You know, I was supposed to be on I-94 yesterday. Yes, at that exact time, in the exact place where the 193-car pile-up happened. Because of the poor weather, I changed my plans. I took drive safe as a serious, action-inducing motivation — a motivation that changed my behavior. And, boy, am I’m glad that I did.

Find your motivations. Use them.

Oh. And drive safe. Please.
Life is precious.

* Thup
coffee-oct2-14

(For writers.)

A good breezeful of comments came in on the “three editing types” post,
so on request, here are some off-beat yet effective ways to edit your piece for content, sound, and cadence.

1. First, I’m not going to mention reading your words aloud. And I won’t utter a word about using another person to read your work to you. Far be it from me to mention the power of hearing your words’ layout and cadence, through speech.
(Inside paralipsis joke for English maniacs.)

2. Read “Back to Front” First. For a paragraph or a short piece, read the text backward. Word for word. Then read it forward (normally). There’s something about reading backward first that makes the eyes and brain see the words differently — catching flat-out errors and exposing uncomfortable word/sentence choices. I know — it sounds bizarre when you do it, but reading backwards first works. (Say that ten times.)

3. Use the “Read to Me” Function on your computer. Sure, the cadence won’t be perfect. But errors do pop out with ease — even within the robo-voice imperfection. (If you don’t know how to make read-to-me-robo-voice work, get the how-to instructions here.) Personally, I like Mr. Australian voice. (Let’s leave it at that.)

4. For Deeper Editing, Read to Answer these Three Questions:

QUESTION 1: What’s the point?

For a nonfiction chapter,
that’s does my reader walk away with one idea that moves him or her to action? Nonfiction is all about motivating the reader to feel, think, or act. Know the response you’re trying to elicit, and you’ll be able to focus your words to get your target response.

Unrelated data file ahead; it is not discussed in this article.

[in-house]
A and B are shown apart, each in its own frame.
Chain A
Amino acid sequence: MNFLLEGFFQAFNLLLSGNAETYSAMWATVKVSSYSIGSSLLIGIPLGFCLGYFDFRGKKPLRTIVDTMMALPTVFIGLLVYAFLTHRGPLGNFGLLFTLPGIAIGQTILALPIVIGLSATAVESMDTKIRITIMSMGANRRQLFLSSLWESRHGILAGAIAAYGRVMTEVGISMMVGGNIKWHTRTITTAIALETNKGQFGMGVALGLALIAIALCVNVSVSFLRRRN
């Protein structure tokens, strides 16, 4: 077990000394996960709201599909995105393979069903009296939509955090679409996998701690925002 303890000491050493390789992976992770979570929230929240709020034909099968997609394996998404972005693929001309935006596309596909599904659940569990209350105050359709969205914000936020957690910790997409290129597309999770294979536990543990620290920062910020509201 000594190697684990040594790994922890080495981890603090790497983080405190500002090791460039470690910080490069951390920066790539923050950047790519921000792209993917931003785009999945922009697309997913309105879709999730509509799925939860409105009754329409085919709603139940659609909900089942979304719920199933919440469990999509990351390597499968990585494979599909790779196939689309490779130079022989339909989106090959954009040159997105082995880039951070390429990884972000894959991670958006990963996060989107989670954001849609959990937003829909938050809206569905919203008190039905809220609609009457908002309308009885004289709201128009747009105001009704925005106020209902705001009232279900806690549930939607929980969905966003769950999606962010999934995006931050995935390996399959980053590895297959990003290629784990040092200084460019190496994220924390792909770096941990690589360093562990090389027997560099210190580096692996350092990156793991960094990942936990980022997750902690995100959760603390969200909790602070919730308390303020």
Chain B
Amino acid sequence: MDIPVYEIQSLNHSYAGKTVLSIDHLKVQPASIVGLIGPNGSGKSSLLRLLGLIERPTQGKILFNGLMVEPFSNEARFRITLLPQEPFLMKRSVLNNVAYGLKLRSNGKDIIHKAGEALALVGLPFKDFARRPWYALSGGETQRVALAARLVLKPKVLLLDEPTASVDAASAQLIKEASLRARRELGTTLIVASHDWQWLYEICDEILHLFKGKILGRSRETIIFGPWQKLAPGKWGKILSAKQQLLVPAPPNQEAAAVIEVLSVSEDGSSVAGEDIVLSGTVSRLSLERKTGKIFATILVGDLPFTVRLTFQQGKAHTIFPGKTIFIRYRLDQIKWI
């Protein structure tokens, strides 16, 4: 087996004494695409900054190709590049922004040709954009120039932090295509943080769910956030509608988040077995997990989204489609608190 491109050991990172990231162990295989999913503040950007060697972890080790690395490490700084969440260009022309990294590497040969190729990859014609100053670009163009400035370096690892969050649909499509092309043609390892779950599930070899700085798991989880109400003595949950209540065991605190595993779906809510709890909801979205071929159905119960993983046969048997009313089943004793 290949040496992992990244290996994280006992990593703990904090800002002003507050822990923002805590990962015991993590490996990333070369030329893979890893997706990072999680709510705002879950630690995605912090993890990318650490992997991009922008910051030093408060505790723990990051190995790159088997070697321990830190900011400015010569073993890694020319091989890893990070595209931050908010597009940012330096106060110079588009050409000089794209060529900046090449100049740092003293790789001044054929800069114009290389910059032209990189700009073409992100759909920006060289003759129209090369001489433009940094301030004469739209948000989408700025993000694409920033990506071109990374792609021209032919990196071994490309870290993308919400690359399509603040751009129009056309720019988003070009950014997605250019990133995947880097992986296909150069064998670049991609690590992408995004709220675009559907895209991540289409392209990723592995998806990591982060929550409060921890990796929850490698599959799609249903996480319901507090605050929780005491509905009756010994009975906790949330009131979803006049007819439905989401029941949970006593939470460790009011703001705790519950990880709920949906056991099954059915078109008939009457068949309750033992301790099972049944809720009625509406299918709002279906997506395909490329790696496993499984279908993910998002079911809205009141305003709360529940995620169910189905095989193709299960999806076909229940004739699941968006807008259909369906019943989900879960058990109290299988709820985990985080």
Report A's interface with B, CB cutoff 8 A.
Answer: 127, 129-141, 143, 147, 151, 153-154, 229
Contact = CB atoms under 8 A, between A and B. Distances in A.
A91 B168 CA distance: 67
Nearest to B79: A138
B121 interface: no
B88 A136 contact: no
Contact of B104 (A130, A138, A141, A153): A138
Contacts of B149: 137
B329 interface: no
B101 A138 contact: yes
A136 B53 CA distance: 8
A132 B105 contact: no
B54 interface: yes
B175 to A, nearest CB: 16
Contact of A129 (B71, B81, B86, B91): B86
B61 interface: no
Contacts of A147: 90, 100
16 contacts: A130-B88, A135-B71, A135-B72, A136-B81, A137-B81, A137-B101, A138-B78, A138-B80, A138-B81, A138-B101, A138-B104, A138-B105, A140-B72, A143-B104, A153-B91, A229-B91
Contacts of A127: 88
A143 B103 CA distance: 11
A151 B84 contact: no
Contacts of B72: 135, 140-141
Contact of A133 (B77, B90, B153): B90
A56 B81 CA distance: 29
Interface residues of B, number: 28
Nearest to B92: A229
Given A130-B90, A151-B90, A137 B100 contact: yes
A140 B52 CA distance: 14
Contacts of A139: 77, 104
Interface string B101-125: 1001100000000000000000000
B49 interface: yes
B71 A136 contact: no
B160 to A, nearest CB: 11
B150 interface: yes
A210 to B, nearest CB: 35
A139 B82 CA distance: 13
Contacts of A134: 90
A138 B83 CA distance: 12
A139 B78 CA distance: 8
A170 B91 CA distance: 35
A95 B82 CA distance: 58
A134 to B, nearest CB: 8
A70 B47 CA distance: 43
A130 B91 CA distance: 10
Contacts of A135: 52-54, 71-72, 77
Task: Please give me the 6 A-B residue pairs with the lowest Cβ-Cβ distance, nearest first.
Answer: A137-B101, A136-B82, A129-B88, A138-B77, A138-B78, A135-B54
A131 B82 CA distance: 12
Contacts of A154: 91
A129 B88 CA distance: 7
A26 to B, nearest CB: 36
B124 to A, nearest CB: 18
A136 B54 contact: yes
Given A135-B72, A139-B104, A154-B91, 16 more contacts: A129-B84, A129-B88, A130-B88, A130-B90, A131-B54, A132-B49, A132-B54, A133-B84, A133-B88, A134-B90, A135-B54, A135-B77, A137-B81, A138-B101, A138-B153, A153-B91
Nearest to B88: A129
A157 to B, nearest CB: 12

For nonfiction, on the margin of the every page, write the main point (main idea/action). If you can’t come up with a clear point, then you need to edit more, for focus.

For a fiction chapter, that’s does the reader walk away with 1) a feeling and 2) a plot question? Fiction is all about relationships — and the plot points that move those relationships forward. In order to capture the reader, in each chapter, we need to know the emotional/relational response that we’re trying to elicit from the reader. Then we need to know what actions (the plot) bring out the emotions the best. It’s like riding on the back of an alligator. The alligator’s the plot point. The “Whheeeeeeee!” is the emotion. (Fun picture, eh?)

For fiction, on the margin of every page, write the relationship feeling you’re trying to elicit and the plot point that you’re moving within. If you can’t come up with either, edit for emotional focus.

QUESTION 2: Is it linear?

In other words, does my writing hold the reader’s hand from one thought to the next? No skips. No bumps. Nothing left out.

There’s an easy way to find lapses in the linear construction: You hold one copy of your page, pen in hand. Your friend then holds the exact same page and begins reading your work to you. Every single time your friend pauses, hesitates, stops, restarts, squints his eyes, cocks his head, makes a face, does a double take, or even takes a breath and licks his lips, mark the page. Exactly where the hiccup happened, mark it.

There’s a reason for every hiccup. Something is wrong. Something needs to be changed. (Oh. And the deep breath/lip licking is usually a mark of a run on sentence or too many ideas/too much info at once.)

QUESTION 3: Is the sensory detail balanced? 
Sight, sound, touch, taste, smell — Do I have all of the senses on the page? Even nonfiction needs sensory writing.

To check your sensory writing (to see if there’s too little or too much sensory description), print just one page. Then circle every sensory word. Note what kind of word it is (which sense is being used). Check to see if you use one sense over the others…or if you’re completely missing a sense…or if your use of the senses is so overkill, you’re drowning the reader in mushwords, slogging the reader into boredom (“Get on with the story!”).

Well, speaking of slogging… that’s enough to sip on.

(Insert long drink of coffee here.)

Don’t leave the job of editing to others. The more deeply you edit, the better your work — and the more readers will stick around.

(Go forth and edit.)
* Thup

coffeeMay21-14
PS. Yes, this is my cup today. I’m impressed, Miss Barista. Bravo.

%d bloggers like this: